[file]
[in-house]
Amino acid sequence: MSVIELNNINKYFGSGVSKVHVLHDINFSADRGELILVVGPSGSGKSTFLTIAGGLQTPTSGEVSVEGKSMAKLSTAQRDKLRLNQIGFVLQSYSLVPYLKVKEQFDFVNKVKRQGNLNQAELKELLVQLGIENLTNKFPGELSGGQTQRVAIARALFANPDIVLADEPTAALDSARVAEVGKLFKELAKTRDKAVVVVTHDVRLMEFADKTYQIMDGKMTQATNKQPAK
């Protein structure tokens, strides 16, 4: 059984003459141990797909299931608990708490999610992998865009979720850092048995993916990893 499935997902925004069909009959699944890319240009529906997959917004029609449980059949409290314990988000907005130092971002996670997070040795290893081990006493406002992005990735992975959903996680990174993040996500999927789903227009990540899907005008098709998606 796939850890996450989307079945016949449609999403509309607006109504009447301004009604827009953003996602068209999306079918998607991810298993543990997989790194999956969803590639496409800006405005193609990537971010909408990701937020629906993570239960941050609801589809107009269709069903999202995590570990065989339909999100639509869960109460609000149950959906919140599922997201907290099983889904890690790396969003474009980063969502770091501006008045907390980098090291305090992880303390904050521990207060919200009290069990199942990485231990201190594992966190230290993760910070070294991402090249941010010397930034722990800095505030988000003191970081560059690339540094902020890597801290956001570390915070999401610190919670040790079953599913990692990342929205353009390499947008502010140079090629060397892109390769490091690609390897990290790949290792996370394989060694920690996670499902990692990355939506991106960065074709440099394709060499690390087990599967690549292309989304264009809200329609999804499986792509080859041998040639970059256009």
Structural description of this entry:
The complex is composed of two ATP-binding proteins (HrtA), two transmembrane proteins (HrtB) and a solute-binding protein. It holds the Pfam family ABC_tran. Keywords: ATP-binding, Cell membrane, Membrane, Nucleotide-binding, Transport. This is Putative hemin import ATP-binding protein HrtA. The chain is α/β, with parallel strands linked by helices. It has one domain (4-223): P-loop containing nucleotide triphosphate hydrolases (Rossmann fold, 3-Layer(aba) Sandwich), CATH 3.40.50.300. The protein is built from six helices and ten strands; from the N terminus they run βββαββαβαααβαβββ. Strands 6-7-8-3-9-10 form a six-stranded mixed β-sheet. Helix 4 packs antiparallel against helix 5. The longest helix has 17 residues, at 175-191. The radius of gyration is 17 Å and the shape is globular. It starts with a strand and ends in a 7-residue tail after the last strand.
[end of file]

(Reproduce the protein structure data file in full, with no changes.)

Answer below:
[in-house]
Amino acid sequence: MSVIELNNINKYFGSGVSKVHVLHDINFSADRGELILVVGPSGSGKSTFLTIAGGLQTPTSGEVSVEGKSMAKLSTAQRDKLRLNQIGFVLQSYSLVPYLKVKEQFDFVNKVKRQGNLNQAELKELLVQLGIENLTNKFPGELSGGQTQRVAIARALFANPDIVLADEPTAALDSARVAEVGKLFKELAKTRDKAVVVVTHDVRLMEFADKTYQIMDGKMTQATNKQPAK
């Protein structure tokens, strides 16, 4: 059984003459141990797909299931608990708490999610992998865009979720850092048995993916990893 499935997902925004069909009959699944890319240009529906997959917004029609449980059949409290314990988000907005130092971002996670997070040795290893081990006493406002992005990735992975959903996680990174993040996500999927789903227009990540899907005008098709998606 796939850890996450989307079945016949449609999403509309607006109504009447301004009604827009953003996602068209999306079918998607991810298993543990997989790194999956969803590639496409800006405005193609990537971010909408990701937020629906993570239960941050609801589809107009269709069903999202995590570990065989339909999100639509869960109460609000149950959906919140599922997201907290099983889904890690790396969003474009980063969502770091501006008045907390980098090291305090992880303390904050521990207060919200009290069990199942990485231990201190594992966190230290993760910070070294991402090249941010010397930034722990800095505030988000003191970081560059690339540094902020890597801290956001570390915070999401610190919670040790079953599913990692990342929205353009390499947008502010140079090629060397892109390769490091690609390897990290790949290792996370394989060694920690996670499902990692990355939506991106960065074709440099394709060499690390087990599967690549292309989304264009809200329609999804499986792509080859041998040639970059256009």
Structural description of this entry:
The complex is composed of two ATP-binding proteins (HrtA), two transmembrane proteins (HrtB) and a solute-binding protein. It holds the Pfam family ABC_tran. Keywords: ATP-binding, Cell membrane, Membrane, Nucleotide-binding, Transport. This is Putative hemin import ATP-binding protein HrtA. The chain is α/β, with parallel strands linked by helices. It has one domain (4-223): P-loop containing nucleotide triphosphate hydrolases (Rossmann fold, 3-Layer(aba) Sandwich), CATH 3.40.50.300. The protein is built from six helices and ten strands; from the N terminus they run βββαββαβαααβαβββ. Strands 6-7-8-3-9-10 form a six-stranded mixed β-sheet. Helix 4 packs antiparallel against helix 5. The longest helix has 17 residues, at 175-191. The radius of gyration is 17 Å and the shape is globular. It starts with a strand and ends in a 7-residue tail after the last strand.